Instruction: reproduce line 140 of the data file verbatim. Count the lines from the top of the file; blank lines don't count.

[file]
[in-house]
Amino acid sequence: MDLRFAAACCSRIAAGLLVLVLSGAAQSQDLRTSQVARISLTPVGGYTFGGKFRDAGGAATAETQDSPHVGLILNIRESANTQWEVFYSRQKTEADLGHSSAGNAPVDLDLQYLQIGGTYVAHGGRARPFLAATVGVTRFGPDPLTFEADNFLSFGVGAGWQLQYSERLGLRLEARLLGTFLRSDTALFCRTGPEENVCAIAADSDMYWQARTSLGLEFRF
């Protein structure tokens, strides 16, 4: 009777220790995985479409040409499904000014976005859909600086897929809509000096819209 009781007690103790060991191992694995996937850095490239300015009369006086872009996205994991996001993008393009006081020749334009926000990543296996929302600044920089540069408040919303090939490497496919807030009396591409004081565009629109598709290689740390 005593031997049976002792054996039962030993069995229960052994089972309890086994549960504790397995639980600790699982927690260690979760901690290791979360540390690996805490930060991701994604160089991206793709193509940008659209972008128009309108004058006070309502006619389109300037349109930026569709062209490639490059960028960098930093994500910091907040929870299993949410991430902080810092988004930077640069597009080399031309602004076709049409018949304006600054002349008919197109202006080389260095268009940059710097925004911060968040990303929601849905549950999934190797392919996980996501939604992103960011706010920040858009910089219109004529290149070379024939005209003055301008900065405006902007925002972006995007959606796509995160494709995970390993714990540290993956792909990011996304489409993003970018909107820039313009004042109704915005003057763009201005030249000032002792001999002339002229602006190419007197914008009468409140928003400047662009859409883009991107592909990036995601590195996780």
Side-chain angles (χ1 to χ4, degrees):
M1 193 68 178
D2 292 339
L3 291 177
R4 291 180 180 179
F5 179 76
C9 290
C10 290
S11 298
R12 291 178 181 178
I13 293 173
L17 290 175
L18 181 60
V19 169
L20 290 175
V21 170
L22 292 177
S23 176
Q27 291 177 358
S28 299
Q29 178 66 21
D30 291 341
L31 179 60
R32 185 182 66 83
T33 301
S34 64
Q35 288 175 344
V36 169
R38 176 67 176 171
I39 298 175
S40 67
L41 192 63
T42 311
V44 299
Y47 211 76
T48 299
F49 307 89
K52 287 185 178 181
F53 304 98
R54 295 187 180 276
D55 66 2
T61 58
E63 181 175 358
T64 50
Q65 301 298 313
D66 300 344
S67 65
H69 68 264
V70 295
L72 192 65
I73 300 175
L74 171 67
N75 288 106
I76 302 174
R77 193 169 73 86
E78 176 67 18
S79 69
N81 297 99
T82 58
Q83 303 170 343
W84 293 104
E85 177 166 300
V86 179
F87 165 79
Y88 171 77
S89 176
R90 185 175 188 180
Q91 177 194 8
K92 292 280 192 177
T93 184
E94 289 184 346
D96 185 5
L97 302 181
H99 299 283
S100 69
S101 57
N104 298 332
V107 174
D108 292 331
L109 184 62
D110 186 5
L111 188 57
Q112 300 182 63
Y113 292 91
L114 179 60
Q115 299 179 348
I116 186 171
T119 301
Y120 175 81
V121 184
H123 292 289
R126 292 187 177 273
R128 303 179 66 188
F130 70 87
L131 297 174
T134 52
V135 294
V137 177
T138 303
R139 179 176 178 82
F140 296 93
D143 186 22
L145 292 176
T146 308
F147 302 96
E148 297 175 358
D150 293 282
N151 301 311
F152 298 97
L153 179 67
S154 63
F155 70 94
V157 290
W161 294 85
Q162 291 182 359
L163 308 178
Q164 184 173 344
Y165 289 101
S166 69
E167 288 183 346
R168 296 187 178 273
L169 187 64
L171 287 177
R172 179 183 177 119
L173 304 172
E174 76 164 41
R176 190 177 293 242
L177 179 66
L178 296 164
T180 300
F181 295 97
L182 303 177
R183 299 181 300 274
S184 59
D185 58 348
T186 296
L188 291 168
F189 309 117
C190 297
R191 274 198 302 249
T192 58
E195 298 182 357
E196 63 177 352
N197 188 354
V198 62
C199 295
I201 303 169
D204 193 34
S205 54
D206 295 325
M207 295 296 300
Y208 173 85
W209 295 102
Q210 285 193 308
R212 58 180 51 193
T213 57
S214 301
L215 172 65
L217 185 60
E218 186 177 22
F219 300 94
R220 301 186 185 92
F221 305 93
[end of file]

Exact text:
L188 291 168